No federal policy issue inspired more posts last year than health care reform. Rereading my earlier, guardedly hopeful pieces was depressing in light of the mess the health care reform bill has become. I was never optimistic about getting a strong public health insurance option through Congress, but I thought we had a chance to pass a very good bill. If I had anticipated the magnitude of the Democratic sellout on so many aspects of reform in addition to the public option, I wouldn’t have spent so many hours writing about this issue. I can’t say I wasn’t warned (and warned), though.

Links to stories from January through June 2009 are after the jump. Any thoughts about last year’s political events are welcome in this thread.

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New urgency on repealing Don't Ask, Don't Tell

President Barack Obama’s spokesman confirmed in January that the president is committed to ending the military’s “Don’t Ask, Don’t Tell” policy, which prohibits gay and lesbian soldiers from being open about their sexual orientation. The official White House website still promises to repeal this policy.

Congressional action is required to change Don’t Ask, Don’t Tell, and there have been some questions about whether Congress will get a bill on this to Obama’s desk during 2009.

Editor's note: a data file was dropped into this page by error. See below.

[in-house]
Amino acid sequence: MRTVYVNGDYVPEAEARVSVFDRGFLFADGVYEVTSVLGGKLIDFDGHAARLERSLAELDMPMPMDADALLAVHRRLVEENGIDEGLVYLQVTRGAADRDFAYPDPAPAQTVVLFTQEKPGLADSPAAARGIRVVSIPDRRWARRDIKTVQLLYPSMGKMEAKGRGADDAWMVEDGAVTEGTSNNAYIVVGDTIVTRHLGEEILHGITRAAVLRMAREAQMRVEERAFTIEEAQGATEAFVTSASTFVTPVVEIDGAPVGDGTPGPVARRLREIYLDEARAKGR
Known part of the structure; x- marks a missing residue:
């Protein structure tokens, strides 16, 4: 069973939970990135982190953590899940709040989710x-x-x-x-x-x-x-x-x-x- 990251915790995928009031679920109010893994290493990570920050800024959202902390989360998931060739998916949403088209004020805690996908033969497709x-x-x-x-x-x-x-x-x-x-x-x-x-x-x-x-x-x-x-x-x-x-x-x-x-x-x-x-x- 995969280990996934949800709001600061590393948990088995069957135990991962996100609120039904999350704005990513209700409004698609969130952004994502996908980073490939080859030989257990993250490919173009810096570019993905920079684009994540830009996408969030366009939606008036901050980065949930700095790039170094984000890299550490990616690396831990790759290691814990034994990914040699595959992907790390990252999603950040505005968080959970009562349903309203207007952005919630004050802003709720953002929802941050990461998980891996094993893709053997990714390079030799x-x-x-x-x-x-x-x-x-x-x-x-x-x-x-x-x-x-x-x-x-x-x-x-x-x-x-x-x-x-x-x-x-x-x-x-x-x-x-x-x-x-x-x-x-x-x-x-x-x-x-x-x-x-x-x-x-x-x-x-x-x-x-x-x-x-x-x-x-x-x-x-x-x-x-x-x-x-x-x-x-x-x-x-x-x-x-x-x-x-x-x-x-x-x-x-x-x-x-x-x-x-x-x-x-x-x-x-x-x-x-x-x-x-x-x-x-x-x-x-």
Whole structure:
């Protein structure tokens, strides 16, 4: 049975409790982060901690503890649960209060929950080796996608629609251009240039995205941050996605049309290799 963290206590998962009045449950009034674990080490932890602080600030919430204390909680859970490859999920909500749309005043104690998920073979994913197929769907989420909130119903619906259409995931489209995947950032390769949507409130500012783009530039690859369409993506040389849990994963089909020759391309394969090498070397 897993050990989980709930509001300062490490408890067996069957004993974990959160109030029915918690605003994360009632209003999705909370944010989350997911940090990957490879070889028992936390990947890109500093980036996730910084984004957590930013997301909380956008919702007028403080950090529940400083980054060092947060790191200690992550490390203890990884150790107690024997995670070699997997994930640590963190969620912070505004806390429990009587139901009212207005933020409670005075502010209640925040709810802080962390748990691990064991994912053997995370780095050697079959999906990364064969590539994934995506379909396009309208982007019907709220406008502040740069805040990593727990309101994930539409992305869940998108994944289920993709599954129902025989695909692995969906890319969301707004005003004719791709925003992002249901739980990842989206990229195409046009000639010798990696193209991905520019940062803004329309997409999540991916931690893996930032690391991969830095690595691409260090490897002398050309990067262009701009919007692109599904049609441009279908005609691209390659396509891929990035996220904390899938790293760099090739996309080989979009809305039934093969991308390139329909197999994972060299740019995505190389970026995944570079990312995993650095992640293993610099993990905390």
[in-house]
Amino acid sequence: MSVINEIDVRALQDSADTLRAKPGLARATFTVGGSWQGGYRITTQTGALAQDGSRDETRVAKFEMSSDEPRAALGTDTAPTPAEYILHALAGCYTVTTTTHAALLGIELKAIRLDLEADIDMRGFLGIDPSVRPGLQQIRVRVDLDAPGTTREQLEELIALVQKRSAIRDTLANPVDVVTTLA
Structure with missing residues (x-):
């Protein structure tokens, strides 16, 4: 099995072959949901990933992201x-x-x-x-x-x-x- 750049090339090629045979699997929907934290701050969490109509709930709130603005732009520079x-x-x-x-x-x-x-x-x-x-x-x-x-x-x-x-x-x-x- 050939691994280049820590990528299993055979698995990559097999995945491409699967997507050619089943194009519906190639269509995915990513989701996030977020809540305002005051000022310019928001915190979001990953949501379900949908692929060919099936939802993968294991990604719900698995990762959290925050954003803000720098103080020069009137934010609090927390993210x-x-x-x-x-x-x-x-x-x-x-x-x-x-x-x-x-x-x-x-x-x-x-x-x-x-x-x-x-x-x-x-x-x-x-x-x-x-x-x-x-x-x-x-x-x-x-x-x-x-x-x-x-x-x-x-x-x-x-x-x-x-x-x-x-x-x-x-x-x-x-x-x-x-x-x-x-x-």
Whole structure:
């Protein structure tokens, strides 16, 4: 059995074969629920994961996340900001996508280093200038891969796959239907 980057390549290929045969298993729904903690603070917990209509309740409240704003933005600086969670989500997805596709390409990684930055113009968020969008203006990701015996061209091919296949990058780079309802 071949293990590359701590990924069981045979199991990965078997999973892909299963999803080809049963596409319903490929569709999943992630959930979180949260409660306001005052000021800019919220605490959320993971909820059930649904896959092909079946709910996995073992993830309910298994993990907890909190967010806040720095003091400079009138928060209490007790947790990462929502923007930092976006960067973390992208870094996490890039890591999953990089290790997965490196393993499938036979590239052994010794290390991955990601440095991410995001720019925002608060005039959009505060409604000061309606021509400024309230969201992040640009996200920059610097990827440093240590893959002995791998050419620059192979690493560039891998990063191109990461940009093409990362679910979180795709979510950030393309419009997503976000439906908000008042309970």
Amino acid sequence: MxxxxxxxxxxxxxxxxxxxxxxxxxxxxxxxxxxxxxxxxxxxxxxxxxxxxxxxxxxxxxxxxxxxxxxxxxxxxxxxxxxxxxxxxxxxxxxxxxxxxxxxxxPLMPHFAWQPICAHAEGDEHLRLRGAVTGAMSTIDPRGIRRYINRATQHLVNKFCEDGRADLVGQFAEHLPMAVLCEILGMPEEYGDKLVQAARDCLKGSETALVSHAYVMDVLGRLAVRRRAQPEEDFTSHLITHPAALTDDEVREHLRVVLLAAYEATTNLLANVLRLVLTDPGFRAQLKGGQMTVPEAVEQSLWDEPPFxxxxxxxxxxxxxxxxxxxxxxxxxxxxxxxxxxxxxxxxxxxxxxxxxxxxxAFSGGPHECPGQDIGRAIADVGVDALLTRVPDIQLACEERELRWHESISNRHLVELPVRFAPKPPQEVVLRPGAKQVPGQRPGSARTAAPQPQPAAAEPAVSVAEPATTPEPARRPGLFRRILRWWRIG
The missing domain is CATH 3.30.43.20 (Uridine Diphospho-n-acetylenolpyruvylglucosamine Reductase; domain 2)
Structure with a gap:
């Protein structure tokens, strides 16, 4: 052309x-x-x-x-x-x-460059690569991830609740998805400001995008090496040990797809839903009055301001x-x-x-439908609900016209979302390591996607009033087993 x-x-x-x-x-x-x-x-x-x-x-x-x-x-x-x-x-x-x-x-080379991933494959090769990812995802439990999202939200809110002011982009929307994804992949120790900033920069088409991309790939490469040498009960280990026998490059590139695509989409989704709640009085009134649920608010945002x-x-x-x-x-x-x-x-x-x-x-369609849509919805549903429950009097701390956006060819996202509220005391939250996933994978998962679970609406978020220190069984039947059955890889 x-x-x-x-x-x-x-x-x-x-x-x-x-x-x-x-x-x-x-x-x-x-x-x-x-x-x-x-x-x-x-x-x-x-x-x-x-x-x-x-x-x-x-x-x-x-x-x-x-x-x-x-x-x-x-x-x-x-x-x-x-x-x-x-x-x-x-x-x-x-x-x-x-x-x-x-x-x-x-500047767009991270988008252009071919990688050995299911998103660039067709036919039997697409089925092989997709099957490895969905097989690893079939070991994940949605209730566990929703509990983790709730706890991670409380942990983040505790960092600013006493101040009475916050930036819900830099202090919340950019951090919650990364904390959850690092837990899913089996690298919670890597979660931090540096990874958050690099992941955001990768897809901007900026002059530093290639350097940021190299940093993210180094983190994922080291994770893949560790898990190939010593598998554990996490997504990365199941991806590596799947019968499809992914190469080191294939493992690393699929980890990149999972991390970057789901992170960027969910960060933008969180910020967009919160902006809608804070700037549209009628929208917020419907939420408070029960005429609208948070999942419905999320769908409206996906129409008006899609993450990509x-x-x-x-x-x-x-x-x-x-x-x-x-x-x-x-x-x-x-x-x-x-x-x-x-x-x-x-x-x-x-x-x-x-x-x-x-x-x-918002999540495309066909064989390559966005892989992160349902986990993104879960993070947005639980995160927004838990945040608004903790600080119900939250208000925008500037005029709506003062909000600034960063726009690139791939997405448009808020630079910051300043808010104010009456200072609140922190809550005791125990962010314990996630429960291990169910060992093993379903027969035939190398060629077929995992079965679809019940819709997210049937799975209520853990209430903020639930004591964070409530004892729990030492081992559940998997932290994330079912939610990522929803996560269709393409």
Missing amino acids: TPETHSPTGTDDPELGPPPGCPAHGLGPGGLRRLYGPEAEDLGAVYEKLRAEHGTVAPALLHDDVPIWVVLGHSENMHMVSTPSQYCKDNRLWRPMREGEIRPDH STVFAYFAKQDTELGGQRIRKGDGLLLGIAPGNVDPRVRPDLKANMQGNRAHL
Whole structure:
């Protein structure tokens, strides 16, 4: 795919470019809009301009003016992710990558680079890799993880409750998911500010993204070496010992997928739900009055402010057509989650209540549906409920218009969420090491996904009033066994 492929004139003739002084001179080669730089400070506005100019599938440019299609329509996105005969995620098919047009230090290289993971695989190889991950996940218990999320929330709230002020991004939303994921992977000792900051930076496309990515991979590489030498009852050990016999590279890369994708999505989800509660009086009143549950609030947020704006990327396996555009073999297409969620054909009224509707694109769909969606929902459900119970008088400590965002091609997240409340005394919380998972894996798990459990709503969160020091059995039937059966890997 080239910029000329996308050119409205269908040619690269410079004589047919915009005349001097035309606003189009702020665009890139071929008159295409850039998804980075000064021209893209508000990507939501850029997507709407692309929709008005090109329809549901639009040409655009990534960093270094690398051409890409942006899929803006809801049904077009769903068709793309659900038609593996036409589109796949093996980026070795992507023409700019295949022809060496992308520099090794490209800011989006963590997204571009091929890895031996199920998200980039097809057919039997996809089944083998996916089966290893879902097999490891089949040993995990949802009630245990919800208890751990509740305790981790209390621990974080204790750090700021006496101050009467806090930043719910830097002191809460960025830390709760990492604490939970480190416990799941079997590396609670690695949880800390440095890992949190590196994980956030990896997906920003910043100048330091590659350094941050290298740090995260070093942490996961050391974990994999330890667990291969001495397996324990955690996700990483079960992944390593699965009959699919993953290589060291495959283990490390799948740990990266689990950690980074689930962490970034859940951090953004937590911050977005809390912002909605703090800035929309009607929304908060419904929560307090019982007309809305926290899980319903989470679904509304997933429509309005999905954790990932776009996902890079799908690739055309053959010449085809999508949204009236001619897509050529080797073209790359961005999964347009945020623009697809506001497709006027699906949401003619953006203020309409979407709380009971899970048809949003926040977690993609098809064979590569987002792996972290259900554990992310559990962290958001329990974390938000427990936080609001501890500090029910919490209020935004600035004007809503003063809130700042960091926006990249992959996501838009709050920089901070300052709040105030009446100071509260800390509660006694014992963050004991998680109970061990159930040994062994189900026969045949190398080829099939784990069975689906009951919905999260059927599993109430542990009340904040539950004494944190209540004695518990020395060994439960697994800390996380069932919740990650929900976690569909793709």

The advance of marriage equality in Iowa and Vermont brings new urgency to the matter, as shown by a Des Moines Register story I’ve linked after the jump.

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Obama needs to keep his word on Don't Ask, Don't Tell

At Daily Kos and VetVoice, Brandon Friedman of VoteVets brings us the news that Defense Secretary Robert Gates has authorized a new pilot program allowing the armed forces to recruit “up to 1,000 foreigners who have lived in the states legally for at least two years” and who have medical and language skills that are “vital to the national interest.”

As Friedman points out, the Don’t Ask, Don’t Tell policy led to 3,715 troops being discharged between 2002 and 2006. Clearly, many of those people had been trained as doctors, nurses and linguists. (Friedman profiles one person who falls into each category.) In 2007 alone, 58 gay Arabic-language speakers were forced to leave the U.S. armed forces.

It makes no sense for the military to recruit foreigners to do jobs Americans are willing and able to do. Barack Obama has promised to end Don’t Ask, Don’t Tell. Aubrey Sarvis, who heads the Servicemembers Legal Defense Network, says he is confident Obama will keep that promise. But last month Sarvis indicated Obama may wait several months or even until 2010 before asking Congress to repeal Don’t Ask, Don’t Tell.

Whether a delay is smart politics is debatable. Perhaps finding consensus on other issues first is important. Perhaps packaging the repeal as part of a larger bill on military staffing makes sense. Punting this move until an election year may or may not be wise. Although a majority of Americans support allowing gays and lesbians to serve openly in the military, the issue has the potential to rile up the Republican base.

But the need for the military to have sufficient skilled personnel should trump all political arguments. If Obama is serious about being pragmatic (putting policy above political considerations), then he and his defense secretary cannot justify recruiting foreigners to do jobs Americans can do. Remember, these medical and language skills are “vital to the national interest.”

Your move, President-elect Obama.